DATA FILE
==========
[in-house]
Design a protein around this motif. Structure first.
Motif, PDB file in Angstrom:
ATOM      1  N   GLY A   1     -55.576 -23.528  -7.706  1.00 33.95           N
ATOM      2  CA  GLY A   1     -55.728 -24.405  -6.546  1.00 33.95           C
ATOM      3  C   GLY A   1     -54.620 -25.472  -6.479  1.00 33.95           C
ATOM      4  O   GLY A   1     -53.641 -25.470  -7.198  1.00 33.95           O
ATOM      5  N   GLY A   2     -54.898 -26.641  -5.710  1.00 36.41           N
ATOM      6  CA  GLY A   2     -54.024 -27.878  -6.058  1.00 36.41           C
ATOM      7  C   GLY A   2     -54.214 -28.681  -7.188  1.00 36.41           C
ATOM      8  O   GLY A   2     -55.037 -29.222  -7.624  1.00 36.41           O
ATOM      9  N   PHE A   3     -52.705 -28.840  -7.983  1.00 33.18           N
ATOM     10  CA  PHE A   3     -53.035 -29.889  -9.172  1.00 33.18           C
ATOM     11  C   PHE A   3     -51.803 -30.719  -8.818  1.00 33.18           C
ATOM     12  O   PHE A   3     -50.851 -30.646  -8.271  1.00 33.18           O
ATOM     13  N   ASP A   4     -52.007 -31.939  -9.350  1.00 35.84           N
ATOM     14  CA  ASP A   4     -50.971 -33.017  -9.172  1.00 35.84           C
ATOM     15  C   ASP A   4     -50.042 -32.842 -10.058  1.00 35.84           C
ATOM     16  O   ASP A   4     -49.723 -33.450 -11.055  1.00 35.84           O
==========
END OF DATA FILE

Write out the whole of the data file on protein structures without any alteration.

[in-house]
Design a protein around this motif. Structure first.
Motif, PDB file in Angstrom:
ATOM      1  N   GLY A   1     -55.576 -23.528  -7.706  1.00 33.95           N
ATOM      2  CA  GLY A   1     -55.728 -24.405  -6.546  1.00 33.95           C
ATOM      3  C   GLY A   1     -54.620 -25.472  -6.479  1.00 33.95           C
ATOM      4  O   GLY A   1     -53.641 -25.470  -7.198  1.00 33.95           O
ATOM      5  N   GLY A   2     -54.898 -26.641  -5.710  1.00 36.41           N
ATOM      6  CA  GLY A   2     -54.024 -27.878  -6.058  1.00 36.41           C
ATOM      7  C   GLY A   2     -54.214 -28.681  -7.188  1.00 36.41           C
ATOM      8  O   GLY A   2     -55.037 -29.222  -7.624  1.00 36.41           O
ATOM      9  N   PHE A   3     -52.705 -28.840  -7.983  1.00 33.18           N
ATOM     10  CA  PHE A   3     -53.035 -29.889  -9.172  1.00 33.18           C
ATOM     11  C   PHE A   3     -51.803 -30.719  -8.818  1.00 33.18           C
ATOM     12  O   PHE A   3     -50.851 -30.646  -8.271  1.00 33.18           O
ATOM     13  N   ASP A   4     -52.007 -31.939  -9.350  1.00 35.84           N
ATOM     14  CA  ASP A   4     -50.971 -33.017  -9.172  1.00 35.84           C
ATOM     15  C   ASP A   4     -50.042 -32.842 -10.058  1.00 35.84           C
ATOM     16  O   ASP A   4     -49.723 -33.450 -11.055  1.00 35.84           O